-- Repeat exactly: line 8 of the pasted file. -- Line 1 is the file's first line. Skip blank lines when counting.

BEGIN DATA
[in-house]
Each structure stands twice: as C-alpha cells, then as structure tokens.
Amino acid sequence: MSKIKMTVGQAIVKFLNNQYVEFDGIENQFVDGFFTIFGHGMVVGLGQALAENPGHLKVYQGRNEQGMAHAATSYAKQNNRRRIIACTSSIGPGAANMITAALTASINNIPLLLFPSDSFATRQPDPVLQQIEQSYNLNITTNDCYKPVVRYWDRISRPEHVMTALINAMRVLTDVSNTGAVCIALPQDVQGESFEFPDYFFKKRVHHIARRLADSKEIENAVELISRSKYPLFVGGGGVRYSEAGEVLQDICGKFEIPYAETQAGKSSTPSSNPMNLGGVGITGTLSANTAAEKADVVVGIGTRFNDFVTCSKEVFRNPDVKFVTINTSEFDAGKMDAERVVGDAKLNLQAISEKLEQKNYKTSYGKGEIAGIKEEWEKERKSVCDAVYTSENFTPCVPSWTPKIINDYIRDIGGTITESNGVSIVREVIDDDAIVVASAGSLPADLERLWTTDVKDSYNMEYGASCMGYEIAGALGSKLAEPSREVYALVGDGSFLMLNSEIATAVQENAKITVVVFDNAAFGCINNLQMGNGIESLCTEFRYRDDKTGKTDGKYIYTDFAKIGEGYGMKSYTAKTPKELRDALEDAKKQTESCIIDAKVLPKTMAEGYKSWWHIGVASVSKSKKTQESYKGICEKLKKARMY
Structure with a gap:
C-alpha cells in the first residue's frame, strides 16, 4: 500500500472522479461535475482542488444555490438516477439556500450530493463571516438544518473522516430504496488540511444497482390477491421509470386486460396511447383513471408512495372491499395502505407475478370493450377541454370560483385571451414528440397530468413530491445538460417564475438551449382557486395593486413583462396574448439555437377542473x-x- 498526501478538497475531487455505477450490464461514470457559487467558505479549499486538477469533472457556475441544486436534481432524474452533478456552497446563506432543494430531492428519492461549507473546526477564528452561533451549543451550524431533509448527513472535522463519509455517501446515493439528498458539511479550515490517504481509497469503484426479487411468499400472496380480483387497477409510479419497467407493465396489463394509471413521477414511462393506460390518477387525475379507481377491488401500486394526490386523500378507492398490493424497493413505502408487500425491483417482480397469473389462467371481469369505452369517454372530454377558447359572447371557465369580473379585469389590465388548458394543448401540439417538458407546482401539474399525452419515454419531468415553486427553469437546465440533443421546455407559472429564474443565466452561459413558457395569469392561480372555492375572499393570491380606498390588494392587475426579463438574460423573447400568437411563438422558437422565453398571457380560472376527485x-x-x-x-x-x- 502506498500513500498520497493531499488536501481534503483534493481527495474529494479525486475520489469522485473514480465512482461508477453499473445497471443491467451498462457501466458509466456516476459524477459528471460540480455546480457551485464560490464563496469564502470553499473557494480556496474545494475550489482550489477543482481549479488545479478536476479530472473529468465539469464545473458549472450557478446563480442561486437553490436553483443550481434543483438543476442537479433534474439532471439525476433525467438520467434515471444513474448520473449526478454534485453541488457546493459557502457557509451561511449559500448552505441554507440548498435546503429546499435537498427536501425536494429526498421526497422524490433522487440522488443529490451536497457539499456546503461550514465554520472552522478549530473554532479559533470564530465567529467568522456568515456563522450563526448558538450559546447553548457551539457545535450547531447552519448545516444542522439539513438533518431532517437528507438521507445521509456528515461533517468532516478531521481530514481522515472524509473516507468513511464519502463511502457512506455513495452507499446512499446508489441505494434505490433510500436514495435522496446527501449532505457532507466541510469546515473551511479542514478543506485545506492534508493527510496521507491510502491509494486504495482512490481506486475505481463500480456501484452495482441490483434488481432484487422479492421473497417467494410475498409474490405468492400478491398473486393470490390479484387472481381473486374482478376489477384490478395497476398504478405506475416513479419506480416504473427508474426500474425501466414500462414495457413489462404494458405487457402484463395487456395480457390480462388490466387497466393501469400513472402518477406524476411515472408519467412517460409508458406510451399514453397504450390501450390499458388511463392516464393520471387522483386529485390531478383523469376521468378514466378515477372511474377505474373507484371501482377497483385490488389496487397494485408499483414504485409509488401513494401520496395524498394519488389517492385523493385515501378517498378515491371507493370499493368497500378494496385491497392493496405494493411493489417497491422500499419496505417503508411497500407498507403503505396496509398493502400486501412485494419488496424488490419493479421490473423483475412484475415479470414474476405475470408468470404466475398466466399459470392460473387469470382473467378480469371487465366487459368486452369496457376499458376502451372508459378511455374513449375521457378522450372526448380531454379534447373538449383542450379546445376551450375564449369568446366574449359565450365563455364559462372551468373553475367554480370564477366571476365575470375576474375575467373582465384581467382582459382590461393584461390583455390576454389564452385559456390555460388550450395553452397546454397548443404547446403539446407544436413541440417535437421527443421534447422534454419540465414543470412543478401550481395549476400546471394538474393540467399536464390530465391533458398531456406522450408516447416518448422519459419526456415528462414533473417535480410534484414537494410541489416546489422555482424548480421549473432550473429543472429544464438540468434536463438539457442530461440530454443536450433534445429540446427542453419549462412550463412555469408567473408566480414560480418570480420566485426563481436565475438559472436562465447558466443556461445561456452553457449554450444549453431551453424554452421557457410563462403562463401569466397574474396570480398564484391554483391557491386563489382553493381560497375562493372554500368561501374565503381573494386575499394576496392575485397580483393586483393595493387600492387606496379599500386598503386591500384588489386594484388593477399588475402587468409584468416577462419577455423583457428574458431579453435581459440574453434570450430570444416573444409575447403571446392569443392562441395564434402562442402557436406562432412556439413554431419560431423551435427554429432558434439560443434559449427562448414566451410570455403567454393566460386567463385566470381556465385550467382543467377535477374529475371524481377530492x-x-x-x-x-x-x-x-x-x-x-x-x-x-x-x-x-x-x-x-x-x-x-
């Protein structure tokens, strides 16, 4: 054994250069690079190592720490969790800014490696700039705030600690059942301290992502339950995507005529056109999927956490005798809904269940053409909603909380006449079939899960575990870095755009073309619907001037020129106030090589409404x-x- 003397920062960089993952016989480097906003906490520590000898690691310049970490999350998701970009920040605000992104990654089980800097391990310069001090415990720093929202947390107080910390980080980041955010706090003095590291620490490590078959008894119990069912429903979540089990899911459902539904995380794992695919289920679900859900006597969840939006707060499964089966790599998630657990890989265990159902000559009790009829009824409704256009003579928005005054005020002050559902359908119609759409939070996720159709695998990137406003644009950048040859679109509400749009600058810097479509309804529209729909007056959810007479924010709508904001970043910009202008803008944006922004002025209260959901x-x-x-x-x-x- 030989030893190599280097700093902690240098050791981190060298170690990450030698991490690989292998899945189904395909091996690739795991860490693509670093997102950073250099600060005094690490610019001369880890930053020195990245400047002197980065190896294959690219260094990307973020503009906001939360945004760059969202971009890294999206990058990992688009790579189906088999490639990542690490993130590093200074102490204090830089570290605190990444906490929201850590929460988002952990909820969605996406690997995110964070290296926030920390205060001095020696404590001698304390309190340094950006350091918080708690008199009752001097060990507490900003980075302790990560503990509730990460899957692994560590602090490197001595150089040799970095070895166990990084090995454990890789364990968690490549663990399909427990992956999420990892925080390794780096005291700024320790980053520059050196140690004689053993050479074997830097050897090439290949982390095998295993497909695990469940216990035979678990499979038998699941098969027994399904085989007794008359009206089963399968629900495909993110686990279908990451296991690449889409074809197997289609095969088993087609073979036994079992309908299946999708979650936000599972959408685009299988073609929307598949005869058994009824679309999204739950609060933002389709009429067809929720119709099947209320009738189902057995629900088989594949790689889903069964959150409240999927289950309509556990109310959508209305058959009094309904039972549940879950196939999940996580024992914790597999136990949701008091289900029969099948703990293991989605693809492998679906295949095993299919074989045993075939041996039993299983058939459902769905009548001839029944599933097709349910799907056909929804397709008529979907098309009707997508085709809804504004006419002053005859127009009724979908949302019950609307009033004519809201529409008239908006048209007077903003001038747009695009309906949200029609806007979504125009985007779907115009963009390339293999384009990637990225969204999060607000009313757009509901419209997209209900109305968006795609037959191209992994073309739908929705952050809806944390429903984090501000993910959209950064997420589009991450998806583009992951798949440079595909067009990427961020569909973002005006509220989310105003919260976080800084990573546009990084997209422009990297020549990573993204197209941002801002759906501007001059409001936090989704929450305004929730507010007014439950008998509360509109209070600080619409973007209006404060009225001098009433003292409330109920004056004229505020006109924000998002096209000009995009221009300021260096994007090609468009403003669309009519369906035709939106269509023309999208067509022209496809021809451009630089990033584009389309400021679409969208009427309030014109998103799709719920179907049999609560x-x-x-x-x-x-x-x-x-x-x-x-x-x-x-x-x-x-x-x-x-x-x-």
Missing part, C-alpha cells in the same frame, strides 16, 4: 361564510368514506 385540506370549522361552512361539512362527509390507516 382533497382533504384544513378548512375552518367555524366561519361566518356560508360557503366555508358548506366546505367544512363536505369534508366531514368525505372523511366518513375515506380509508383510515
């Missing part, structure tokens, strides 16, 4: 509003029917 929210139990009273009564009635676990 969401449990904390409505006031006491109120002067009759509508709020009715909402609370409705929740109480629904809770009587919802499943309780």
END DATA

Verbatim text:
């Missing part, structure tokens, strides 16, 4: 509003029917 929210139990009273009564009635676990 969401449990904390409505006031006491109120002067009759509508709020009715909402609370409705929740109480629904809770009587919802499943309780």